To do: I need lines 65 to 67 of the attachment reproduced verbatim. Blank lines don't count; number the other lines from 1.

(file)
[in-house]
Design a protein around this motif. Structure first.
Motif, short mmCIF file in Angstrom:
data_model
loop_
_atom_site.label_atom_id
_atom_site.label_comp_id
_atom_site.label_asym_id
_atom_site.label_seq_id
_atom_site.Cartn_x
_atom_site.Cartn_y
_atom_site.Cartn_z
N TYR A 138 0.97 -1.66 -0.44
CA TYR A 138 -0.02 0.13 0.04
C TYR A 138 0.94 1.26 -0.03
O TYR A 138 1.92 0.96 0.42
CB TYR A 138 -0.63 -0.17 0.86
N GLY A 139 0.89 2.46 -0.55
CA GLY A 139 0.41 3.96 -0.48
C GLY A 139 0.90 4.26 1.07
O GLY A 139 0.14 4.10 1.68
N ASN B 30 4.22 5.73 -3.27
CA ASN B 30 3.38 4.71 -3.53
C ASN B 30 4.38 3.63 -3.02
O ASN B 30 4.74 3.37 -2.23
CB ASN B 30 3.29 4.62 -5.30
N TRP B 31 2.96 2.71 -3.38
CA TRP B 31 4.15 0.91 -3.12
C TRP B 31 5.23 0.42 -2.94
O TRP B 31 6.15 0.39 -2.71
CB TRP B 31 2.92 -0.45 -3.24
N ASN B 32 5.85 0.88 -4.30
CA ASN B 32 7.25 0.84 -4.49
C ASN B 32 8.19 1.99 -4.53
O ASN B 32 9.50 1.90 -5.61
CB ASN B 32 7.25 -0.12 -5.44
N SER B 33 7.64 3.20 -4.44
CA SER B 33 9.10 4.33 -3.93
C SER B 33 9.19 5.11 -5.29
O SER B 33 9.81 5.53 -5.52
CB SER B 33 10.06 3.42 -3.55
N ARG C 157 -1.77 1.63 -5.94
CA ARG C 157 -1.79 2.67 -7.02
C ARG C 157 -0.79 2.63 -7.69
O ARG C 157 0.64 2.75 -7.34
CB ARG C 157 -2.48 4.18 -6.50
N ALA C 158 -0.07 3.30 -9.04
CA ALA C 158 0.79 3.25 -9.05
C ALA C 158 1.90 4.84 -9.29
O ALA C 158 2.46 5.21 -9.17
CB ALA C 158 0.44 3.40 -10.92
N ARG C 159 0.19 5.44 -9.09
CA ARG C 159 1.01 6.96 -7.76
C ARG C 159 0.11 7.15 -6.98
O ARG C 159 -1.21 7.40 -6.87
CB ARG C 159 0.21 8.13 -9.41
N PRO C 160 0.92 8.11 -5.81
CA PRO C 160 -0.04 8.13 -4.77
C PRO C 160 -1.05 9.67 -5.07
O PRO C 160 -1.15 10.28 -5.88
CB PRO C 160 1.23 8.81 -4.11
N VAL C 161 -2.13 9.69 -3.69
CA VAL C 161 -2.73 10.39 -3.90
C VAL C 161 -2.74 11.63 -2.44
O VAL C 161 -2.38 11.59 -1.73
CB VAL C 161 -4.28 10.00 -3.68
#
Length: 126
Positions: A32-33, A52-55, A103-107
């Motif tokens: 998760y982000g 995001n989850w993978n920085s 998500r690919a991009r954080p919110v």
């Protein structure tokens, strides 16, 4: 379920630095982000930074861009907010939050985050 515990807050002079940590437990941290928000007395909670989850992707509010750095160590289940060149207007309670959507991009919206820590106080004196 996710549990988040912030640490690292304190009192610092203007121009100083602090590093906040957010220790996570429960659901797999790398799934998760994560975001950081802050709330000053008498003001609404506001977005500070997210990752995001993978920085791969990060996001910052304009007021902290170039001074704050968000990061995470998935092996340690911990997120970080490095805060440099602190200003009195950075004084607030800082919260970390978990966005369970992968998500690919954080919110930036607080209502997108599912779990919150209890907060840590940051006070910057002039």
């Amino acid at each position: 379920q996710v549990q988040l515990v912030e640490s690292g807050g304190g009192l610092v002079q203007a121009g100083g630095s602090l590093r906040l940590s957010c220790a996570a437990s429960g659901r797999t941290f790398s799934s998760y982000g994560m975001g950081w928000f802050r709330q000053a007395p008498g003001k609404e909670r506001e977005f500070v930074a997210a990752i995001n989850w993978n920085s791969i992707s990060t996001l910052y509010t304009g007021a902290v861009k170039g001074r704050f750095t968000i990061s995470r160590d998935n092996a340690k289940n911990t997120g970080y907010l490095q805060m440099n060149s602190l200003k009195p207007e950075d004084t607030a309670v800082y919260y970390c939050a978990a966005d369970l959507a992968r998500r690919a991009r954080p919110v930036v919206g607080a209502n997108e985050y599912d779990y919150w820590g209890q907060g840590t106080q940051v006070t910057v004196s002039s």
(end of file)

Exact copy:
O VAL C 161 -2.38 11.59 -1.73
CB VAL C 161 -4.28 10.00 -3.68
#